Before going into the question about managing bounce rates of your blog or site, it will be better to understand what bounce rate is, especially for those who are new to it, or those who really never cared about bounce rates.

One of the sources that explains bounce rate is the Wikipedia article on bounce rate, which I read quite some time back and find it remains more or less the same now. Anyway, it explains bounce rate as ‘a term used in web site traffic analysis… It essentially represents the percentage of initial visitors to a site who “bounce” away to a different site…’ and gives the formula for calculating bounce rate as:

‘Bounce rate = total number of visits viewing only one page / total number of visits’.

According to Google, ‘Bounce rate is the percentage of single-page visits or visits in which the person left your site from the entrance (landing) page.’ Google also advises as to how you can minimize bounce rates by ‘tailoring landing pages to each keyword and ad that you run’.

I feel the above advice is not practical, as you can only know which landing pages have high or low bounce rates only after quite some time. At that stage, how can you re-do the landing page to match each keyword and ad that you run, unless you want to rewrite the entire page or post? It may be practical for small static sites that are used for selling your products or services. For larger sites, you have to engage SEO professionals who may optimize the whole site for you. Moreover Google does not specify what high bounce rate is and what low or desirable bounce rate is.

Wikipedia quotes ‘Google Analytics specialist Avinash Kaushik’ as having stated, “My own personal observation is that it is really hard to get a bounce rate under 20%, anything over 35% is cause for concern, 50% (above) is worrying. I stress that this is my personal analysis…”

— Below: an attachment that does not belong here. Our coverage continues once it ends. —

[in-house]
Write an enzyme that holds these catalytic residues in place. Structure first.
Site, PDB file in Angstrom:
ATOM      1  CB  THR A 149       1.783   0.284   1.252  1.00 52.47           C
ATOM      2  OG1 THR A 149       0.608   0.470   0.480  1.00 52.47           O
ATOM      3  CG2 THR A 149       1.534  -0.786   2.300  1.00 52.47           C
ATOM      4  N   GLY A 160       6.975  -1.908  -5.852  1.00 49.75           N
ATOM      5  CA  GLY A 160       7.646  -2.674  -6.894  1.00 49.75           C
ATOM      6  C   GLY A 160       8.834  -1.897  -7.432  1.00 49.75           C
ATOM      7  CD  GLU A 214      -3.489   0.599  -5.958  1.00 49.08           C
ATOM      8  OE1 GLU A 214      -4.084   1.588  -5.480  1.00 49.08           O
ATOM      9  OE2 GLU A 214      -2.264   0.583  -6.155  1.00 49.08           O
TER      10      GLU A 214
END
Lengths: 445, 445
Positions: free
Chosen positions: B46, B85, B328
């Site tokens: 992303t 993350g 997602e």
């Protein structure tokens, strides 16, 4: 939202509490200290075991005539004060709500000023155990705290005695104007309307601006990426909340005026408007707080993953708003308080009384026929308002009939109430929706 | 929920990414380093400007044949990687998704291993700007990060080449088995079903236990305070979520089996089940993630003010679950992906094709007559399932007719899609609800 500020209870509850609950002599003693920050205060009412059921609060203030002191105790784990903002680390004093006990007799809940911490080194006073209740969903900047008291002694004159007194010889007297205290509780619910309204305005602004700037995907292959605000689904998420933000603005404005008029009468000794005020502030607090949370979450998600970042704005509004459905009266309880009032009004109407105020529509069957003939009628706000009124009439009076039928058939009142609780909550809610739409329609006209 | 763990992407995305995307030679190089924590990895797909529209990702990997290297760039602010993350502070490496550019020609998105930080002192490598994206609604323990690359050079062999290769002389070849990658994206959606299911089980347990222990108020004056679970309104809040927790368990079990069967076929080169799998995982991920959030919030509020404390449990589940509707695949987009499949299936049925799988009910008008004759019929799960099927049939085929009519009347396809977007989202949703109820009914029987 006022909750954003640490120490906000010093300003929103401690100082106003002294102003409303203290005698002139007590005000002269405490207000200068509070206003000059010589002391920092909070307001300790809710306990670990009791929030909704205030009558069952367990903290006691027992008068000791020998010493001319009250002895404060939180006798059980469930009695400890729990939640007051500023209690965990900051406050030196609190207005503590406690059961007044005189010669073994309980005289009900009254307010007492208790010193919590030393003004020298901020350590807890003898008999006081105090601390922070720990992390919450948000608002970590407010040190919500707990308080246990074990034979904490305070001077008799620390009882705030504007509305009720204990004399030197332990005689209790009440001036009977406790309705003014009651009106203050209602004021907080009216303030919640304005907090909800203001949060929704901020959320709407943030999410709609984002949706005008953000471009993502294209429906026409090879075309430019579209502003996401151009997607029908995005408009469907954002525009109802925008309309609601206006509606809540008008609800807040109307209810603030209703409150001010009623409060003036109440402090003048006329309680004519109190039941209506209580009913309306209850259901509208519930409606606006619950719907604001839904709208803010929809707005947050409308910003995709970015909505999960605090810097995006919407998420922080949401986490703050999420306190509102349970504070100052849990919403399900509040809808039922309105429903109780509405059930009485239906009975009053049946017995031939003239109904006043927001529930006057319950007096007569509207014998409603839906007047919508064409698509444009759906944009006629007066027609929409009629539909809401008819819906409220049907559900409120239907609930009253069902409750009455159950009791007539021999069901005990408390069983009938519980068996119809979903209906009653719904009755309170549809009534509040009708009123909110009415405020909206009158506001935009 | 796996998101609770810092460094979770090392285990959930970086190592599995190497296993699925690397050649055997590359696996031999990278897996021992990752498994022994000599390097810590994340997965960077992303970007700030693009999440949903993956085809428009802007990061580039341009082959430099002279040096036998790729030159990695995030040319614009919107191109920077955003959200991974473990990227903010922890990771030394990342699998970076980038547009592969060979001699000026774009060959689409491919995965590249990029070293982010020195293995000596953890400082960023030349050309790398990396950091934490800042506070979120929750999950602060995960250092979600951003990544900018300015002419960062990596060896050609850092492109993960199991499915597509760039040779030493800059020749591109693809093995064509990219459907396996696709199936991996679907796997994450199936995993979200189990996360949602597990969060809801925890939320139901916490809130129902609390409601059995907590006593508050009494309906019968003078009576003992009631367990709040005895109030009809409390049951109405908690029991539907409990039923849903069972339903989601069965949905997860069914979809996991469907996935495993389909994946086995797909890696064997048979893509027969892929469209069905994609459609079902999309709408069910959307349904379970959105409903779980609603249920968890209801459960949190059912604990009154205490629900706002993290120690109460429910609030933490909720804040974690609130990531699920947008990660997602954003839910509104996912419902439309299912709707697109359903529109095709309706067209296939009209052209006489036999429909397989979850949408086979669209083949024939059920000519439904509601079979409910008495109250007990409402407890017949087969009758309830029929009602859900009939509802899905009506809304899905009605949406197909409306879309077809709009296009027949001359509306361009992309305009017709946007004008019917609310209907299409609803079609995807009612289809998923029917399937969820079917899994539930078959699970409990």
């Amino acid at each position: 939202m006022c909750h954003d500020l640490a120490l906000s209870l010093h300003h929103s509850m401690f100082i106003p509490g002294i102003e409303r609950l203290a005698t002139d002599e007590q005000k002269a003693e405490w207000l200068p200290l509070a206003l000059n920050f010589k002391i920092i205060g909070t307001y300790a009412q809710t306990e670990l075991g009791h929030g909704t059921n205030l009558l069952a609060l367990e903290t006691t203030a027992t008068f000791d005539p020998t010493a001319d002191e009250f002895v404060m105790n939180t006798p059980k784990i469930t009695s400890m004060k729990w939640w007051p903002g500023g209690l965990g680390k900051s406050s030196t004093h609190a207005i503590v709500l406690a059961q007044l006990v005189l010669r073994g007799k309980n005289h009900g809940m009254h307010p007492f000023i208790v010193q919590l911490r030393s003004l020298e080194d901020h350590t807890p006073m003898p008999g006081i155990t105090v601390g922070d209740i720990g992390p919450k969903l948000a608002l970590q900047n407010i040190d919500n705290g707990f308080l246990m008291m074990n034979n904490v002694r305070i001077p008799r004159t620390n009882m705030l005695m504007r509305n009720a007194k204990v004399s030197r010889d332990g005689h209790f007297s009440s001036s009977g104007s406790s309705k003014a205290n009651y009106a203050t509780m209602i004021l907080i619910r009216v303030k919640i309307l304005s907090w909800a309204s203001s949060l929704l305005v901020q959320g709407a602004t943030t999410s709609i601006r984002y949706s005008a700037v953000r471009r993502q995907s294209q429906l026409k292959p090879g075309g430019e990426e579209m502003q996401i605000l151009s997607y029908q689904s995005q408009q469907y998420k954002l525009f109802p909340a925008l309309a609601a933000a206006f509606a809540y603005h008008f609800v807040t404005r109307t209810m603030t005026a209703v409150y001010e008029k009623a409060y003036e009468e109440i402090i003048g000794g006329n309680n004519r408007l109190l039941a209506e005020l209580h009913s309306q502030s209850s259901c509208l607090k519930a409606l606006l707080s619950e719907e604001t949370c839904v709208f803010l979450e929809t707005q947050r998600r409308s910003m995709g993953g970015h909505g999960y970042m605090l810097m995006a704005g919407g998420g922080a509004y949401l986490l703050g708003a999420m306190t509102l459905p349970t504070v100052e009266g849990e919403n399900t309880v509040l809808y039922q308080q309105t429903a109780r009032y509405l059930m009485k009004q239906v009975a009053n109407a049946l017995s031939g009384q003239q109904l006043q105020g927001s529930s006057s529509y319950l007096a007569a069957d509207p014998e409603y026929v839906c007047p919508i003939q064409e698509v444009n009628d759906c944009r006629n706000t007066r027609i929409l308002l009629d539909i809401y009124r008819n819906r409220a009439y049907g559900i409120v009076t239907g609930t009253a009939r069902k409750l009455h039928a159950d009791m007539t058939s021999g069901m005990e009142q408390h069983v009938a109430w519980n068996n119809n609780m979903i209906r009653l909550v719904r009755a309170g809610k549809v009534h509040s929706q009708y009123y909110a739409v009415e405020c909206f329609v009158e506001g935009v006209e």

A more practical and insightful advice can be found if you read the article, What Is High, Normal And Low Bounce Rates? by Daniel Scocco, the founder of DailyBlogTips, who writes, ‘If you don’t have many ads on your blog and your priority is to grow your traffic and audience, then your bounce rate should be between 40% and 70%…’ Scocco also opines that ‘if you have exceptionally engaging content and a very user friendly design’ you can get your bounce rate below the 40%.

Bounce rate is one of the few metrics that caught my attention when I started my first website way back in 2006, a friendship and dating site offering free services. Then, it was my pet project and I was hell-bound to improve its performance. I had enough time to sign up for e-mail newsletters, visit top SEO forums, and read articles. I tried to follow all the tricks and hacks offered by top-level SEO professionals. But the site’s bounce rate always hovered around 50% to 60%, and it continues to do so. After sometime, I stopped worrying about bounce rate.

I started some blogs initially as a support for my main site. But I also experimented with all sorts of SEO tips and tried them on a few blogs. And I have placed AdSense ads in my blogs and sites. Also, I continued to monitor bounce rate, though I stopped doing anything to reduce high bounce rates.

Recently, that is a few months back, I noticed in my Google Analytics account that one of my blogs showed bounce rates as low as less than 1%, and another showed a bounce rate around 7%. However, though it surprised me, it did not give me any reason to celebrate, as my other metrics, including earnings from them, remained the same.

I think, the very low bounce rate might be because of the change in the algorithms used by Google, and they keep on changing, though you can never know what changed, and why.

In view of the above, though I endorse the highly researched opinions of Daniel Scocco, personally I feel that a bounce rate between 50% to 70% is not bad, as long as your Return on Investment (ROI), and other targets are good. Also, I feel a very low bounce rate, though desirable, cannot get you anything extra, including an improved page rank, though, low bounce rate is a very good indicator of how much your visitors are interested in your site, and how many pages they visit.

If you have your own experiences and observations about bounce rate, feel free to use the comment box and share it with our visitors.

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